Friday, April 8, 2011

Visual Spell Transcription Rule

I want to make how spell transcription works in my world clear enough that players start making decisions and goals based on that knowledge.  What do you think of this:
I might add a little text under it.  The quill and the vial mean that it requires blood and feathers from a creature of HD equivalent to the spell level, per Talysman's awesome idea (in the comments).  I might say to my players: "more and more powerful creatures," because they don't know what "hit die" are.

One thing I want to add but don't know how to rule on is for creating an entirely new spell.  I don't know what it should cost.  I don't want players to have to wait for 7th level either, a S&W style campaign will be near its endgame by then, no?  Besides one of the coolest things about D&D were all those named spells. I want my players to create some spells.

But, do they need access to a library?  Access to a tower (but that would, again, be endgame, no?)?

Update: 1) I'm confusing my systems, S&W goes to twentieth, oe is the one capping out around 10th.  Odd that some of my conceptions of the game I want to play are sliding more and more toward some of the original aspects of those rules.

2) I'm thinking it should be cheaper to put a spell into a book than the other way, to encourage players looking for more, but I'm not sure.

Update 2: How's this for a second draft (I changed everything to sp because of my game's silver standard):


  1. Very nice. Thanks for pointing out the HD/spell level idea too -- I will certainly steal that.

    I would require some books or access to a library; perhaps there is a "public" library that they can use to research (for a fee) until they have heir own end-game tower. My players looted an ancient library and are storing as much as they could carry out in a house in town. But no-one is playing an elf or m-u right no so it is kind of moot.

  2. Nice little pics. I do like your icon approach to the rules, both this one and the visual experience chart.

    For magic research, the LBBs have a simple formula: 2000 GP spent researching a 1st level spell gets you a +20% chance of success. Double the base cost for every spell level, so a 4th level spell costs 16,000 GP for a +20% chance. That's why the supplements had those named spells: creating new spells was expensive, but easy.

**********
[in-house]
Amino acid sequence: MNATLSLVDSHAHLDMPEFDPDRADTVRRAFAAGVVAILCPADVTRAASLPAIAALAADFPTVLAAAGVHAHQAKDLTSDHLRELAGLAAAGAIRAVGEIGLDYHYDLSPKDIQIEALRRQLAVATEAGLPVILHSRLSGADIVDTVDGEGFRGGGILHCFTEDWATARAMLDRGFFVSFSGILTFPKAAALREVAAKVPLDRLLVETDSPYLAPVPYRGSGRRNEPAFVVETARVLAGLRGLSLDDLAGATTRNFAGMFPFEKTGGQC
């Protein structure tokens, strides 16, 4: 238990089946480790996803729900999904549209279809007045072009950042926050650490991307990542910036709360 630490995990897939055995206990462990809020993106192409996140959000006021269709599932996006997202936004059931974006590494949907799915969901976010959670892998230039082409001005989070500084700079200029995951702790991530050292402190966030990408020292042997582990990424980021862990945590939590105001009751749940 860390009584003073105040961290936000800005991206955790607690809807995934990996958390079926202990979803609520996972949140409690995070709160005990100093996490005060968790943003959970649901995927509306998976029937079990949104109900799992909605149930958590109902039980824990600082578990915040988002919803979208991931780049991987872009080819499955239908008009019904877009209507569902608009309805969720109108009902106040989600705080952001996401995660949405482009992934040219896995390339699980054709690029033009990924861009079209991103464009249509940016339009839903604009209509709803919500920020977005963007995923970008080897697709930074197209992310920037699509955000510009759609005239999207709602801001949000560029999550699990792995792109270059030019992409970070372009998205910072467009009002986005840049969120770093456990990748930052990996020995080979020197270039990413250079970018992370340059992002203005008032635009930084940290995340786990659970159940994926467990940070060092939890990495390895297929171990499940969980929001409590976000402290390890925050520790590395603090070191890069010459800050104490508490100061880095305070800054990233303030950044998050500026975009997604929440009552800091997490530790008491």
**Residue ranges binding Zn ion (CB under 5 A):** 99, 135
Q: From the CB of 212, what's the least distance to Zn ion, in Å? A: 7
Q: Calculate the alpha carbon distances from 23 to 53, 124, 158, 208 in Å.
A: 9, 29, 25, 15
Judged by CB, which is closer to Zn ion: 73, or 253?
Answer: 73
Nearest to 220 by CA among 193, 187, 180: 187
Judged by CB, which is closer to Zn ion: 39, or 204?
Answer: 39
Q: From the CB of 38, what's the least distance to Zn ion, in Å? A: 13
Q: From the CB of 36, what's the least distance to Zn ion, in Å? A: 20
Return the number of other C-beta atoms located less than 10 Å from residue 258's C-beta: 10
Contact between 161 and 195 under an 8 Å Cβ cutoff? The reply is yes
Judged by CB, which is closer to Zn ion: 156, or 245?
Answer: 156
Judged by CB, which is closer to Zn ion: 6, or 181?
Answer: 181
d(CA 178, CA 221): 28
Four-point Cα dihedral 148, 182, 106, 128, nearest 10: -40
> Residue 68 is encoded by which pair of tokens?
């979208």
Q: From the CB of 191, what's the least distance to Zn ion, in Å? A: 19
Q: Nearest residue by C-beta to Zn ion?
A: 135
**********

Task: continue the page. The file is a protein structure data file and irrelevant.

Even if you don't plan to use all the details of my build-a-spell system I'm making, you might find the list of effects tied to spell levels useful. When a player proposes a spell, start it at 1st level unless it fits a higher level on the list (you can change "damage" at 3rd level to "ranged damage", if you prefer lower-level attack spells.) If the spell adds a twist or two to the basic concept, add a level or two. If you're cruel, don't tell the player what the spell level actually is; let them keep researching and spending money until they're at a high enough level to research the spell.

  3. @mike: I love books as treasure. You've reminded me of 2e's Player's Option: spells and Magic which has price lists for libraries; to research a 2nd level spell requires a collection of books valued at 2000gp. This would be a reason to care about a mages guild. You could do the same with labs and have alembics and glassware found have treasure value.

    @Talysman: Thanks, that 20% should work nicely. I need to take some time this summer and read the lbbs closer. As far as spell level, there was an nice article in the Dragon 242 (just checked the dragon index) about the laws of spell design.

    I'm actually a little worried about those fairy tale name spells that have costs built in to them. Not sure if it would matter what level the caster was.

  4. "Spells Between the Covers", Dragon #82, covers spell research, libraries and spellbooks as treasure in more depth than pretty much any D&D source I've seen. Includes this uberkickass % chart of books with sweet titles and what spells they can help you research. Random sample:

    13 "The Seven Skies of The Universe" by Casimur (gust of wind, whispering wind, rainbow pattern¹, precipitation², cloudburst², wind wall²)

  5. Oh, you know what? You might want to consider expanding "feather" to include horns, bones, or tusks. That didn't occur to me when I wrote that blog post.

  6. Hmm, just noticed some things:

    1) Just so you know, I assume the quill and blood count for 90% of the cost of transcribing a scroll. It looks like you have the quill and blood as an additional cost, which makes it more expensive than by-the-book scroll costs. Is that what you want?

    2)I'm not sure I'm reading your spell research costs right, but it looks like it will also cost more than by the book research for 1st and 2nd level, less for 3rd level and higher.

  7. Awesome Jeff, thanks. It has the bonus of the books being written by those famous names like Bucknard and Melf.

    @Talysman: I thought your initial ideas was genius because it's simple and easy to remember. I think I would allow mages to use material components of all types the way Tim Shorts suggested, as bonuses.

    for 1) yeah, it might be a little more expensive.

    2) I'll take a look at the lbb.

  8. Yep, Talysman, you're right, it should be doubled each level. But, uggh, I don't want to make these into an equation and 2) I'm starting to think that Gary's campaign were seriously Monty Haul; 16,000gp for a 20% chance at 4th level, where was all this gold coming from!?

    I'm probably a little on the too-tight side as a DM, but I guess I need more experience to see.